Building a city – without an architect

New York, Rome, or Tokio are prominent examples of a human metropolis and seen as a demonstration of human ingenuity and culture. To reach their current size and architectural characteristics a myriad of planners, and architects have designed their buildings and roadways to provide living space and infrastructure to support human everyday life. Here, Daniela Römer explains how leaf-cutting ants create their subterranean nests.

A view compiled by Daniela Römer

Millions of years before the first humans started to congregate ‘en masse’ in one dwelling, a group of invertebrates – the social insects, bees, wasps, termites, and ants, were already displaying this form of life. These tiny animals with rather simple brains, manage to construct and maintain structures which can be thousands of times larger than the individuals themselves, very much like a human metropolis, and this without a single architect in sight!

© Bollazzi, Forti & Roces (Insectes Sociaux 2012)

My name is Daniela Römer, and I study the nest building behaviour of leaf-cutting ants at the University of Würzburg in Germany. Leaf-cutting ants life in the neotropics, between Argentina and the southern United states, and gained their name due to their foraging of massive amounts of life plant material, which they need for another feat normally associated with human culture and evolution – agriculture. These ants, and future generations, i.e., brood, are sustained by a symbiotic fungus which they rear in large masses in their underground nests. Therefore, these ants not only have to excavate living space for millions of individuals in the colony, but even more space for the symbiotic fungus growing in the nest chambers. When a group of scientists a few years ago mapped a leaf-cutting ant nest of the genus Atta, they needed 14 tons of wet cement to cast it and discovered thousands of nest chambers and an intricate system of tunnels. The single queen of the colony is only found in one of these chambers , so how can she guide the performance essential colony tasks, such as nest excavation?

© Daniela Römer

The answer is, she doesn’t. With the exception of her digging the founding nest, a single, downward leading tunnel with an attached fist-sized chamber, all other nest chambers and tunnels are excavated by the workers, without any guidance or plan. Thousands of individual workers create nest space by removing tiny soil pellet after tiny soil pellet, each time reacting to local cues of their immediate environment to decide where to dig.

Here, abiotic cues play a big role, such as temperature, moisture or soil gas content. Evolution has shaped the worker’s preferences and avoidances of these climatic conditions in such a way, that ants dig more in places, where they find favorable conditions and less or not at all in unfavorable soil regions. The content of the nest chambers, fungus and brood, is also used as a cue for nest building, i.e., workers excavate more soil around such nest contents, leading to the emergence of chambers, while a reduced digging activity usually leads to the emergence of tunnels. When a nest becomes too small for the inhabiting colony the ensuing increased local density of the workers triggers a new bout of excavation until the resulting increase in space and spreading out of the workers makes them stop digging. Even other digging workers act as involuntary cues to other ants to start digging close by.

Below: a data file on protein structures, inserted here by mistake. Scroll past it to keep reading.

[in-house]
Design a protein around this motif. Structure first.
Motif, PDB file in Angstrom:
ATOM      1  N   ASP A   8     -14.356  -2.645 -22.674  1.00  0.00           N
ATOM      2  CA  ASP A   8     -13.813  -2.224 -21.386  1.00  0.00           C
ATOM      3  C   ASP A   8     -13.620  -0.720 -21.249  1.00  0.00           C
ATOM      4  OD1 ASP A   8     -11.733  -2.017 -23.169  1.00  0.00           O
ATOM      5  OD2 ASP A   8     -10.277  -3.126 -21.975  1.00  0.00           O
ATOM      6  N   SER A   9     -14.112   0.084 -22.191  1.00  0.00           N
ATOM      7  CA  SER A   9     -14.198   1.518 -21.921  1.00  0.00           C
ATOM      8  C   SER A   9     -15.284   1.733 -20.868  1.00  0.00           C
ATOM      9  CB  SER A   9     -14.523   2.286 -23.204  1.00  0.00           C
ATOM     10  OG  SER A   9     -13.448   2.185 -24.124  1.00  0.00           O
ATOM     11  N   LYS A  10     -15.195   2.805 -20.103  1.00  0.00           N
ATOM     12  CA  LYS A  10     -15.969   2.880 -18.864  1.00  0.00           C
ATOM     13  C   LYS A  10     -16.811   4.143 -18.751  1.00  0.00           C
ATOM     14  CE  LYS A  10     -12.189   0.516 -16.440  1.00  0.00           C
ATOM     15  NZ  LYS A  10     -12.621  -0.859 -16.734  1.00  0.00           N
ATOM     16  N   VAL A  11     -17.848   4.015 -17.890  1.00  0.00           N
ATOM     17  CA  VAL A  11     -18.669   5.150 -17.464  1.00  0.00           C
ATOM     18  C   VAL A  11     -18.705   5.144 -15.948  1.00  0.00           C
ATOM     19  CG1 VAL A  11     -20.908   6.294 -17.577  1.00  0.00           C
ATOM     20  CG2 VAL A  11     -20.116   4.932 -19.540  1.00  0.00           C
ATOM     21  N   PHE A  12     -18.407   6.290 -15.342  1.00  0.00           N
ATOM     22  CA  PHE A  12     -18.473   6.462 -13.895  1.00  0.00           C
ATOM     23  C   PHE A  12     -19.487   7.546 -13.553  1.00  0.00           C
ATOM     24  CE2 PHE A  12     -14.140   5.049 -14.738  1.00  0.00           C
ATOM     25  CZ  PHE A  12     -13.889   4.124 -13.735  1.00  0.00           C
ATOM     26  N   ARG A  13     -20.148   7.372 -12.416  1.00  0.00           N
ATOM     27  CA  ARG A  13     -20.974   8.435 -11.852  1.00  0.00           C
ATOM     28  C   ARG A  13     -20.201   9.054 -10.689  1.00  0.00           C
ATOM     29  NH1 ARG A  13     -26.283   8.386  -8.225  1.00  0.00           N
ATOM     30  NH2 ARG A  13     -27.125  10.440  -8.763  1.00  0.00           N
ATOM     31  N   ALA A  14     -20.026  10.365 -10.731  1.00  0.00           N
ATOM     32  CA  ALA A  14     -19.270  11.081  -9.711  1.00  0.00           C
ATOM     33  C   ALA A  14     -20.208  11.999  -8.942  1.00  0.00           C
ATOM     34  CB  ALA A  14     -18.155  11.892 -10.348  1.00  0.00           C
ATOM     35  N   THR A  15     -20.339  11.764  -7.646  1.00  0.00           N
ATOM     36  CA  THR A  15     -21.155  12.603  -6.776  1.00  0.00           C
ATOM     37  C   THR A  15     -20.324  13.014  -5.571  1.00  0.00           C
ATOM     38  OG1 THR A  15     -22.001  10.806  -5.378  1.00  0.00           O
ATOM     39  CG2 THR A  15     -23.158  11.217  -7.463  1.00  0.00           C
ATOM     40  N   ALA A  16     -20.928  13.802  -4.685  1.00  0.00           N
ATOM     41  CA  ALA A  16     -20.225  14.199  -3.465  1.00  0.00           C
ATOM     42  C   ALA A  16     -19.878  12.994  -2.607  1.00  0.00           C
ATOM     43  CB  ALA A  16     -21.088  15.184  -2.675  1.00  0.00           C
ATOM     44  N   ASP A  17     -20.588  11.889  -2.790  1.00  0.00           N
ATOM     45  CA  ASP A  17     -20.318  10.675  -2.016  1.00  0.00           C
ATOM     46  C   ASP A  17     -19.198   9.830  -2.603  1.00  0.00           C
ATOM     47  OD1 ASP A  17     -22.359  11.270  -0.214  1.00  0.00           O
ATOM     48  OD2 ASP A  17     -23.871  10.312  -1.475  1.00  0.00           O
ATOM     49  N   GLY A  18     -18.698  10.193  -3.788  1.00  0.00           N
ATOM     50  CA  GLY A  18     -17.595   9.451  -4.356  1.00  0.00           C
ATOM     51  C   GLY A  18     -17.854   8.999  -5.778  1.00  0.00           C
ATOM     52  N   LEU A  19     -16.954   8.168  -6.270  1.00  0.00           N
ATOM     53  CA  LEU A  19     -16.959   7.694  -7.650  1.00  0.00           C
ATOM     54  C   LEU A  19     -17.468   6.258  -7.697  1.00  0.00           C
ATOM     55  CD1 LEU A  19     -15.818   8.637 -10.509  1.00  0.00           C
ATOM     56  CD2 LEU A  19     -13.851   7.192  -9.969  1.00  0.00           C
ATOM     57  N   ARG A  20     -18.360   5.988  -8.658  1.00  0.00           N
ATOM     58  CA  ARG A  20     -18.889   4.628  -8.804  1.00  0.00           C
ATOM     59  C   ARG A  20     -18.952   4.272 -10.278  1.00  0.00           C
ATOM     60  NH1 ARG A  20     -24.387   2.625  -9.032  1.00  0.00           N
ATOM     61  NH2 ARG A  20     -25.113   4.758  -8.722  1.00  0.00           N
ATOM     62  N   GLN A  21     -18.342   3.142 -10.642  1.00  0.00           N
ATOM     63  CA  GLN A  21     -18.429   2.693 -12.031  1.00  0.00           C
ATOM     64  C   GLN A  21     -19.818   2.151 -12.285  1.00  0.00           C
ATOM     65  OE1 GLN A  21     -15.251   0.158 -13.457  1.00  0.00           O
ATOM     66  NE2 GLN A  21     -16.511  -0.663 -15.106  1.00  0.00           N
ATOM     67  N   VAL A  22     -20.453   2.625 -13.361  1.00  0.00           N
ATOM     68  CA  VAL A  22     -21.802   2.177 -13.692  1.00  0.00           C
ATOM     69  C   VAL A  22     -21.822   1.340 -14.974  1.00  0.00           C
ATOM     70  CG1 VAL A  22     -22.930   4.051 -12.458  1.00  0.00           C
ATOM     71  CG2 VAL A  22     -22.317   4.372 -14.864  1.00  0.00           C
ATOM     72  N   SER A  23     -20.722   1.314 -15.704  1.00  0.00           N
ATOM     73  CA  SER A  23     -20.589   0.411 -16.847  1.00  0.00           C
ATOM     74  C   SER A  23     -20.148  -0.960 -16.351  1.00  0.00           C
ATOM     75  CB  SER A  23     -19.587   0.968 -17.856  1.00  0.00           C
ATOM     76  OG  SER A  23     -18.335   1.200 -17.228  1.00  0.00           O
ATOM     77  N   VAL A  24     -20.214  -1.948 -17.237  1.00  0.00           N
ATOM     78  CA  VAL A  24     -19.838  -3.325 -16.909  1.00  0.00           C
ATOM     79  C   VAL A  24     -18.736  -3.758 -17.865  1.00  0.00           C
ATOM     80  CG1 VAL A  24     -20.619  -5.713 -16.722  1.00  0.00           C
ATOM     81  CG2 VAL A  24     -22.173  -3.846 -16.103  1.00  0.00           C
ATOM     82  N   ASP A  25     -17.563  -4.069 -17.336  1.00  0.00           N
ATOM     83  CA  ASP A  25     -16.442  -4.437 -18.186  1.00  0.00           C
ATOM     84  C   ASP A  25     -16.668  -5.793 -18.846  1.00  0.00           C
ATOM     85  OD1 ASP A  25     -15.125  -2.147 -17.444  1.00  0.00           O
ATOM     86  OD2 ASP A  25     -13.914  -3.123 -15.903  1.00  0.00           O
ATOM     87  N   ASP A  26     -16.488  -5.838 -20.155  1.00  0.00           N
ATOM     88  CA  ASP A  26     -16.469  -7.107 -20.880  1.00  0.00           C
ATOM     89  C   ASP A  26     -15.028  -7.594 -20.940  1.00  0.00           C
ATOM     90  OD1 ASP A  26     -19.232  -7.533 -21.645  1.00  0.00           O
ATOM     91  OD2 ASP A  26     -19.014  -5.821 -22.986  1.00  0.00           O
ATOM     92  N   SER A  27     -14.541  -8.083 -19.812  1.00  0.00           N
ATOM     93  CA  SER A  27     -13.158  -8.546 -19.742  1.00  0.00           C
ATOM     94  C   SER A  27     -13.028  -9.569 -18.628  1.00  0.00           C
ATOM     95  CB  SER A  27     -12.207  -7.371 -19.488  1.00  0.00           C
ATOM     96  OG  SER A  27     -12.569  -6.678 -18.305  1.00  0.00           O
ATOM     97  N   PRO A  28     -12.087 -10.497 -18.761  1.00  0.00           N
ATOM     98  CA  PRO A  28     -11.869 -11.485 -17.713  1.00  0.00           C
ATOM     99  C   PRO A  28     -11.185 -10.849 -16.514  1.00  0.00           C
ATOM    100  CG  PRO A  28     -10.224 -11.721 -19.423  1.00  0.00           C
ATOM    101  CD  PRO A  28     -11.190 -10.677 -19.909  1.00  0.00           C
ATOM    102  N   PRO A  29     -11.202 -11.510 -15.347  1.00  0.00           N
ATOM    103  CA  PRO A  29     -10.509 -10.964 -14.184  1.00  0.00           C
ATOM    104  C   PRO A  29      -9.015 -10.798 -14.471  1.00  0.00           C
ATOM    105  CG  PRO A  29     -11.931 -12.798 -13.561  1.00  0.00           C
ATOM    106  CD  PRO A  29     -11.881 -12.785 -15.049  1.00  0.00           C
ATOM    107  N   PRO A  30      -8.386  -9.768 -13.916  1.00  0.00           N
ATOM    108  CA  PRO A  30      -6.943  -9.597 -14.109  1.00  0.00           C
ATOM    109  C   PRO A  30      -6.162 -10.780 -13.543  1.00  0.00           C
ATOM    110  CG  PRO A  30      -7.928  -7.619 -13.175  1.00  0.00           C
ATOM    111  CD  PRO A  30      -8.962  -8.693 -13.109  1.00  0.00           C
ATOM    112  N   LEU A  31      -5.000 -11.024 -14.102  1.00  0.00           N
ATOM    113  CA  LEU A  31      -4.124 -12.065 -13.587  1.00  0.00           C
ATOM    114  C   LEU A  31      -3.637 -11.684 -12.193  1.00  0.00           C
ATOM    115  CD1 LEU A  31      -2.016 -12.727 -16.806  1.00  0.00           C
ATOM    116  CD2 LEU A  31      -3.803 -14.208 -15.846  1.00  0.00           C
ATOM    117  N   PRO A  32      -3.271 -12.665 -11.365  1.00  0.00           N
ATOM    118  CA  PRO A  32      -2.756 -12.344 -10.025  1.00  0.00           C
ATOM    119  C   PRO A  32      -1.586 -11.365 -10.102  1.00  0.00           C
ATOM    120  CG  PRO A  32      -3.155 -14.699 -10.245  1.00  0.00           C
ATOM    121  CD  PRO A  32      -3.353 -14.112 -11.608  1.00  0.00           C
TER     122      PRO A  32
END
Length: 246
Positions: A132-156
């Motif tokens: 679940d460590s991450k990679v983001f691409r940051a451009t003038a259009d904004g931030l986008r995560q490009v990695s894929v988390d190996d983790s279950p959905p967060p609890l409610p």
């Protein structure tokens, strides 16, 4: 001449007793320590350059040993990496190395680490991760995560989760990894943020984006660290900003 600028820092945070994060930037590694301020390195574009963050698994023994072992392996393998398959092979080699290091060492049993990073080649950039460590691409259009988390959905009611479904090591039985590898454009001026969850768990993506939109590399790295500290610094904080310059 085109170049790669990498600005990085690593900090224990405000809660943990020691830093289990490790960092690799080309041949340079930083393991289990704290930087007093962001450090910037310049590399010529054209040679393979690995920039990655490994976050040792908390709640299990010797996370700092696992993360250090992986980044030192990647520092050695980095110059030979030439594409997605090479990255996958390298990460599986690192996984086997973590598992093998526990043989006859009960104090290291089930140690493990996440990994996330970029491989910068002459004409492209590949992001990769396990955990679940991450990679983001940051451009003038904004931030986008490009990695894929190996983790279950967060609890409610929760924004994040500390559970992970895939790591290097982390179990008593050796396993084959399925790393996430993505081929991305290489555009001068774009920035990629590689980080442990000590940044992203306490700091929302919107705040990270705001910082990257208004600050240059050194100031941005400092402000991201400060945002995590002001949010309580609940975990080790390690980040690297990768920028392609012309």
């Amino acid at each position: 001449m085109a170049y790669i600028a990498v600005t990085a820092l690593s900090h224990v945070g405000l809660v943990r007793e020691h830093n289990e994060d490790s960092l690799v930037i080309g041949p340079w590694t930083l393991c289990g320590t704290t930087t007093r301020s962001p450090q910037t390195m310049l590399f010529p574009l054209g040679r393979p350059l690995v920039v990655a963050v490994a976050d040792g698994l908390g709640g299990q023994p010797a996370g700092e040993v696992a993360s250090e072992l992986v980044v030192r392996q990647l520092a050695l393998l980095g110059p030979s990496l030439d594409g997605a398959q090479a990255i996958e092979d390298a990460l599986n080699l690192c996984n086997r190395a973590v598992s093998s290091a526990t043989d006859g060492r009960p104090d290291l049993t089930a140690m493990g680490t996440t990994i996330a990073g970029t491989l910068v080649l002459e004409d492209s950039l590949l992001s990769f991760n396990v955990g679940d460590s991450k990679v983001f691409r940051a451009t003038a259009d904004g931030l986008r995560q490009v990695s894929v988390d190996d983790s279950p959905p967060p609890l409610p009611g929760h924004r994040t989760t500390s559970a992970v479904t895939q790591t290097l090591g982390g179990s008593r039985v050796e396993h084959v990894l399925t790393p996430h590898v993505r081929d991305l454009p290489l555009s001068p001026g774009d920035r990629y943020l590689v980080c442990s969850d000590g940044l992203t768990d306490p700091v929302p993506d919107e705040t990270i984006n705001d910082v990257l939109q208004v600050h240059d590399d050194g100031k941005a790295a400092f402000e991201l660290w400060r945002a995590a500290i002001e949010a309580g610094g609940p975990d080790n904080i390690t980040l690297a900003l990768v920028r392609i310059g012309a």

© James Waters

Ant nests offer their inhabitants all commodities found in human cities, like living quarters and child-rearing facilities, traffic roadways, and access to goods or waste removal services. However, these complicated and intricate structures with their millions of ‘citizens’ are the result of a self-organized process following simple rules and mechanisms that do not require a (human) architect.

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2 Responses

  1. A. Buschinger says:

    Hallo Frau Römer,
    Kennen Sie diesen Artikel über das erste Atta-Nest in Würzburg? 😉
    https://www.ameisenforum.de/download/file.php?id=32860&mode=view
    Er ist von ca. 1966. Das Institut war damals zusammen mit dem Zool. Institut am Röntgenring 10. Die Kolonie erstreckte sich über 3-4 Räume im Dachgeschoss. Verbindungswege liefen über armdicke Plastikschläuche, die durch Bohrungen in den Wänden geführt waren. Selbst aus meinem Doktorandenzimmer haben sie mich seinerzeit vertrieben. 😉

    • Daniela Römer says:

      Lieber Herr Buschinger, vielen Dank für die Zusendung des Bildes, ich kannte es tatsächlich nicht. Die Dimensionen dieses Nestes sind schon beeindruckend.

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